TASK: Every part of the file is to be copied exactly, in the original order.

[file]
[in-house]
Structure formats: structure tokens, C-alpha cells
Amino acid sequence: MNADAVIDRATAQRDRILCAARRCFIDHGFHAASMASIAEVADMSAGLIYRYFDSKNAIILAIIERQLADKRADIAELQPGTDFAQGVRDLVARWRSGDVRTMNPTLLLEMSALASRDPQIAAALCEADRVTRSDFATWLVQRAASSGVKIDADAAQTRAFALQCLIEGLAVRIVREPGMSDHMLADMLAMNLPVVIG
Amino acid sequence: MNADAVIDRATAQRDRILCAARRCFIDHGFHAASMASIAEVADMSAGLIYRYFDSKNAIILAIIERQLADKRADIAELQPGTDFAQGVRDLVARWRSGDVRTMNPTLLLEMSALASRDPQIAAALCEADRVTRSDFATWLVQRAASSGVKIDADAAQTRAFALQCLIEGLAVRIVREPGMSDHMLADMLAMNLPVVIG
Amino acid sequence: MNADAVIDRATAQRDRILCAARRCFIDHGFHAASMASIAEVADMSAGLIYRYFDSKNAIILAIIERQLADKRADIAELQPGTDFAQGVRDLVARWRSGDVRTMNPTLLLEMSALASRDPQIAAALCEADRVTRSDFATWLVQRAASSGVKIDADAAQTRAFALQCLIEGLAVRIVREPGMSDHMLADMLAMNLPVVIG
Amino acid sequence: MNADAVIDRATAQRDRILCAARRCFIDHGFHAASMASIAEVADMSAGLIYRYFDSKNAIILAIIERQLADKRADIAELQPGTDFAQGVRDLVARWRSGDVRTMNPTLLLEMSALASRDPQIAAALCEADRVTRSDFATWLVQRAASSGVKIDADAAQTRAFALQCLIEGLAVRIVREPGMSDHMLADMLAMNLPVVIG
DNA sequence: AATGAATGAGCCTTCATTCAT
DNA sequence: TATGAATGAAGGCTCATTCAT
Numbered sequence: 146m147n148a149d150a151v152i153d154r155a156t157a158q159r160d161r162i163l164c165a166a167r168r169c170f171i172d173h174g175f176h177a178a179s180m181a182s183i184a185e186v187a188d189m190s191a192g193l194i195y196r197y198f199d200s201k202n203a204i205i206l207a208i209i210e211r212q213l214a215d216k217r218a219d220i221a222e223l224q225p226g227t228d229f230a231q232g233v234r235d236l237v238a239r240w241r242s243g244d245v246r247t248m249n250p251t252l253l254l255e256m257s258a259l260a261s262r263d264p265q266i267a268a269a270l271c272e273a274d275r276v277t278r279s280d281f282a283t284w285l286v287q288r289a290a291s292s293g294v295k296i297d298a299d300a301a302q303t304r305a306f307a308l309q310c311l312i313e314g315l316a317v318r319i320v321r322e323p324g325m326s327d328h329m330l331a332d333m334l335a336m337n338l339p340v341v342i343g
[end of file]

[in-house]
Structure formats: structure tokens, C-alpha cells
Amino acid sequence: MNADAVIDRATAQRDRILCAARRCFIDHGFHAASMASIAEVADMSAGLIYRYFDSKNAIILAIIERQLADKRADIAELQPGTDFAQGVRDLVARWRSGDVRTMNPTLLLEMSALASRDPQIAAALCEADRVTRSDFATWLVQRAASSGVKIDADAAQTRAFALQCLIEGLAVRIVREPGMSDHMLADMLAMNLPVVIG
Amino acid sequence: MNADAVIDRATAQRDRILCAARRCFIDHGFHAASMASIAEVADMSAGLIYRYFDSKNAIILAIIERQLADKRADIAELQPGTDFAQGVRDLVARWRSGDVRTMNPTLLLEMSALASRDPQIAAALCEADRVTRSDFATWLVQRAASSGVKIDADAAQTRAFALQCLIEGLAVRIVREPGMSDHMLADMLAMNLPVVIG
Amino acid sequence: MNADAVIDRATAQRDRILCAARRCFIDHGFHAASMASIAEVADMSAGLIYRYFDSKNAIILAIIERQLADKRADIAELQPGTDFAQGVRDLVARWRSGDVRTMNPTLLLEMSALASRDPQIAAALCEADRVTRSDFATWLVQRAASSGVKIDADAAQTRAFALQCLIEGLAVRIVREPGMSDHMLADMLAMNLPVVIG
Amino acid sequence: MNADAVIDRATAQRDRILCAARRCFIDHGFHAASMASIAEVADMSAGLIYRYFDSKNAIILAIIERQLADKRADIAELQPGTDFAQGVRDLVARWRSGDVRTMNPTLLLEMSALASRDPQIAAALCEADRVTRSDFATWLVQRAASSGVKIDADAAQTRAFALQCLIEGLAVRIVREPGMSDHMLADMLAMNLPVVIG
DNA sequence: AATGAATGAGCCTTCATTCAT
DNA sequence: TATGAATGAAGGCTCATTCAT
Numbered sequence: 146m147n148a149d150a151v152i153d154r155a156t157a158q159r160d161r162i163l164c165a166a167r168r169c170f171i172d173h174g175f176h177a178a179s180m181a182s183i184a185e186v187a188d189m190s191a192g193l194i195y196r197y198f199d200s201k202n203a204i205i206l207a208i209i210e211r212q213l214a215d216k217r218a219d220i221a222e223l224q225p226g227t228d229f230a231q232g233v234r235d236l237v238a239r240w241r242s243g244d245v246r247t248m249n250p251t252l253l254l255e256m257s258a259l260a261s262r263d264p265q266i267a268a269a270l271c272e273a274d275r276v277t278r279s280d281f282a283t284w285l286v287q288r289a290a291s292s293g294v295k296i297d298a299d300a301a302q303t304r305a306f307a308l309q310c311l312i313e314g315l316a317v318r319i320v321r322e323p324g325m326s327d328h329m330l331a332d333m334l335a336m337n338l339p340v341v342i343g